It is very difficult not to be boring at this late hour of the evening in discussing the legislation that is before us. It is essentially uncontroversial. But one or two points, I believe, are worthy of comment. I propose to comment on these areas so that the Australian Democrat's position is made abundantly clear. We will support the legislation by and large, although we propose to move one amendment. The first comment that one could make concerns the abolition of the concessional expenditure rebate. This is a good thing. Concessional rebates have been available on a broad area of expenditure. I refer to education, health, superannuation and so forth. But essentially they were gifts to the wealthy and did not really help the bulk of Australians very much. They were of some value to those with high marginal tax rates and those who spent a great deal of money on health and school fees. In fact, only about 6 per cent of taxpayers are now gaining any benefit from the concessional expenditure rebates. There was reform in this area by the Fraser Government in the late 1970s, when the minimum threshold for the rebates was raised to $2,000. This was a trade-off at the time for tax indexation. Tax indexation did not last long under the Fraser Government. Unfortunately, it has not been promised under the Labor Government. We will not have fundamental tax reform until we have full indexation each year.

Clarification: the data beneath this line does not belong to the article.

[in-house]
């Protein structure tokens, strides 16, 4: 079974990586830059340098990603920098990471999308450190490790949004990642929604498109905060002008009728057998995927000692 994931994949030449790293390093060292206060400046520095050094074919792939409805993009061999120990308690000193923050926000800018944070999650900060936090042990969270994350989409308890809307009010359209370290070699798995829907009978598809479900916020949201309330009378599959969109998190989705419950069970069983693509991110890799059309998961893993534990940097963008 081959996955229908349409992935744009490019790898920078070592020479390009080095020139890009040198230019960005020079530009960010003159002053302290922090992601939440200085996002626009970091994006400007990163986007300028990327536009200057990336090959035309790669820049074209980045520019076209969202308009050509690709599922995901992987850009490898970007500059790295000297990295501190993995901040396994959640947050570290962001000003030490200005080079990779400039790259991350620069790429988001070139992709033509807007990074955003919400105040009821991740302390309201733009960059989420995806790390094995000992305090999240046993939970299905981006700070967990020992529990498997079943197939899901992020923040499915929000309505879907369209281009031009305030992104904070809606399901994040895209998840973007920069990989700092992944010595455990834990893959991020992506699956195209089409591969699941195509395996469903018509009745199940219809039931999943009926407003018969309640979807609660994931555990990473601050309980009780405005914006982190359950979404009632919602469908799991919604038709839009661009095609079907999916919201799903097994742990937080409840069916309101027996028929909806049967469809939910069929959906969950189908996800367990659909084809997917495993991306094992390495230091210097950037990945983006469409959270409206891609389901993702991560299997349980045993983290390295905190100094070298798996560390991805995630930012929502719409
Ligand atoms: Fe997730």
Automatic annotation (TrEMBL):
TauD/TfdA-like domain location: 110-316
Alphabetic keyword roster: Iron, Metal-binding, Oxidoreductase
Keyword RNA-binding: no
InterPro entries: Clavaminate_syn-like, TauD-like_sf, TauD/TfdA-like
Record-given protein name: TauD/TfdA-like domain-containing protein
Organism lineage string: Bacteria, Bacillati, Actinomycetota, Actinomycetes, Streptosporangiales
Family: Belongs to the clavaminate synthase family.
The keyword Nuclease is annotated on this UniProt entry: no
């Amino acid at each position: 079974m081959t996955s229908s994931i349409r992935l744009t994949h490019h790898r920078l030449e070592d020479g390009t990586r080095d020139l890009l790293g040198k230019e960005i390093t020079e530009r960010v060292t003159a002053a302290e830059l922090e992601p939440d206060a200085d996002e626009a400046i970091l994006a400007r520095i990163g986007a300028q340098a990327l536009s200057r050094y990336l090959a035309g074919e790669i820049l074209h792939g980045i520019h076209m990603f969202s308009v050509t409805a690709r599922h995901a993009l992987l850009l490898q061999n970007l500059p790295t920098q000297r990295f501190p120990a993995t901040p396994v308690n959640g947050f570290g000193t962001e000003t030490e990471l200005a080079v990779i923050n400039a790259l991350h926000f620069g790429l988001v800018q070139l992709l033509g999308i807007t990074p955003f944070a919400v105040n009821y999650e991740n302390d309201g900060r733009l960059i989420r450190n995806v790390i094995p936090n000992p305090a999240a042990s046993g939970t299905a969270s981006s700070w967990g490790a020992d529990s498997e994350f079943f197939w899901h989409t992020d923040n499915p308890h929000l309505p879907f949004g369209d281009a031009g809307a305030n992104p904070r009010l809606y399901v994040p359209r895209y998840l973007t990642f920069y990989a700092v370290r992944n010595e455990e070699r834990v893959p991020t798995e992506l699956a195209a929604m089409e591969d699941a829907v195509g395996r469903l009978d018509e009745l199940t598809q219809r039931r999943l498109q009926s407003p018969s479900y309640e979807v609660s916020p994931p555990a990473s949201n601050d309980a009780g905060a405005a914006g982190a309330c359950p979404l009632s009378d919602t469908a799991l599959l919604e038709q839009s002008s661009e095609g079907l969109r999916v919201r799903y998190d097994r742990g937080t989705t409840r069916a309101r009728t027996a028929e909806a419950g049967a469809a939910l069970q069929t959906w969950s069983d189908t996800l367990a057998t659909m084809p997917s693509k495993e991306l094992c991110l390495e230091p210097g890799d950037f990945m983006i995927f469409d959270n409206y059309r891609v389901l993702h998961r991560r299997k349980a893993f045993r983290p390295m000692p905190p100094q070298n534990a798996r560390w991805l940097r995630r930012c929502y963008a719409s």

One matter in the rebate area that could be commented on is the new medical expenditure rebate. This has been introduced to compensate the chronically ill for the removal of the concessional expenditure rebate. As I said, we are in favour of the removal of these concessional expenditure rebates. The Government has introduced a rebate at the rate of 30 per cent. As this is about the average rate of tax paid by most people, the rebate will be more advantageous to those on middle to low incomes than to those on high incomes. However, one must spend $1,000 a year before this rebate becomes effective. We believe this figure is far too high. In particular, it will disadvantage those on very low incomes. We suggest that a reasonable base figure for the rebate is about $500. I will move an amendment to that effect in the Committee stage.